Iowa does have an affirmative defense law that gives some leeway to victims of crime if they commit a violation “under compulsion by another’s threat of serious injury, provided that the defendant reasonably believed that such injury was imminent”.

Prosecutors argued that Lewis waived that affirmative defense when she pleaded guilty to manslaughter and willful injury.

Sounds like she either needed a better defense attorney, or there is more to the story than is contained in the article. From the sounds of the article, she stabbed him 30+ times when he was asleep. Meaning, she could have walked out the door and contacted Police instead?
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Old 14th September 2022, 09:22 PM   #6
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I was going to say that it wouldn't be long before some of the usual suspects would be along soon to doubt the raped woman's story, and to defend the rapist.

Too late!
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Old 14th September 2022, 10:53 PM   #7
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Originally Posted by Warp12 View Post
Picture that there is more to the story than the article says..
There is no evidence of this "more to the story" that you speak of.

If there is (which I doubt) and you find it, then you can bring it to us. In the mean time, until you can "put up"...., well, you know what you can do.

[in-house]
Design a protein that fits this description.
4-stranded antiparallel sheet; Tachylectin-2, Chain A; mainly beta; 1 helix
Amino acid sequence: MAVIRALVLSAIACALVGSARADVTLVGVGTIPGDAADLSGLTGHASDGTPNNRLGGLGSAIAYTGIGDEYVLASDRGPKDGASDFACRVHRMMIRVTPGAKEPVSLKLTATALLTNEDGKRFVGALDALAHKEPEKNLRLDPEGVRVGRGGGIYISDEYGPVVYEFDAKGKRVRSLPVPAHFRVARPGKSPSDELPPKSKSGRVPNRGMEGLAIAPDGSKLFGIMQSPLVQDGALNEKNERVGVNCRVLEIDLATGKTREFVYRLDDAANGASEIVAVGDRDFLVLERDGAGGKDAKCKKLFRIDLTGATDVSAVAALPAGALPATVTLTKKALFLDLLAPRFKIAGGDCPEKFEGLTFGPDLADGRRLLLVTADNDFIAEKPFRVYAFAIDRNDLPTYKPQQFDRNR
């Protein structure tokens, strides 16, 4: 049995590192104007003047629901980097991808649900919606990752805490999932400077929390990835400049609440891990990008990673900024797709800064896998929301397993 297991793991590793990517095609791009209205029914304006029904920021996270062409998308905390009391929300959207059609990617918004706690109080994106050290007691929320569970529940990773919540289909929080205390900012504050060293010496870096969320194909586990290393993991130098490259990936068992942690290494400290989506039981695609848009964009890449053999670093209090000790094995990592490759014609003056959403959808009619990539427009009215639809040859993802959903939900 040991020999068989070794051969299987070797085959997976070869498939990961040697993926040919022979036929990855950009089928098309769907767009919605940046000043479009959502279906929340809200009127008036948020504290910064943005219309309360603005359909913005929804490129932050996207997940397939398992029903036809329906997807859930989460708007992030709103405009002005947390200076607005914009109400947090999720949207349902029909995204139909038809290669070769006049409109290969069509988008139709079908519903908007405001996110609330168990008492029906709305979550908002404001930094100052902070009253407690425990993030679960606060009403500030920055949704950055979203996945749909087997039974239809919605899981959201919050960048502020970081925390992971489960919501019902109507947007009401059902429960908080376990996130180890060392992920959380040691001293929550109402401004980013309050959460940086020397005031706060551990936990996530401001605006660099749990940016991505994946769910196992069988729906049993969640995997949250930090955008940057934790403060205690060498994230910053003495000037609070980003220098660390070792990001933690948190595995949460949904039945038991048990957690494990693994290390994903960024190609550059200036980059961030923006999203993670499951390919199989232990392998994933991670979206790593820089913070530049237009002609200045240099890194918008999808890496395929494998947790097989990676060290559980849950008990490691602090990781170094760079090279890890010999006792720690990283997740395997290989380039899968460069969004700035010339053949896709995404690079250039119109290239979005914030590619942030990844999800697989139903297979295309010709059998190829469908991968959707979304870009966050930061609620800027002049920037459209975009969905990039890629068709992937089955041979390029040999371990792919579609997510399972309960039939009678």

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Old 14th September 2022, 11:09 PM   #8
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Originally Posted by Warp12 View Post
Picture that there is more to the story than the article says.

As far as the claims of rape, etc..it doesn't sound like the prosecution needed to dispute it. She plead to charges for a very compelling reason. Probably including that forensics supported he was asleep when she stabbed him 30+ times.

But, as I say...if her case is so compelling, and the evidence on her side...she needs a new attorney. Because I imagine it is hard to justify stabbing someone 30+ times while they are asleep, when there is an open door in front of you.

She was raped, she was a child, she was traumatised.

She would have been terrified of him. It was proportionate self-defence
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Old 15th September 2022, 12:47 AM   #9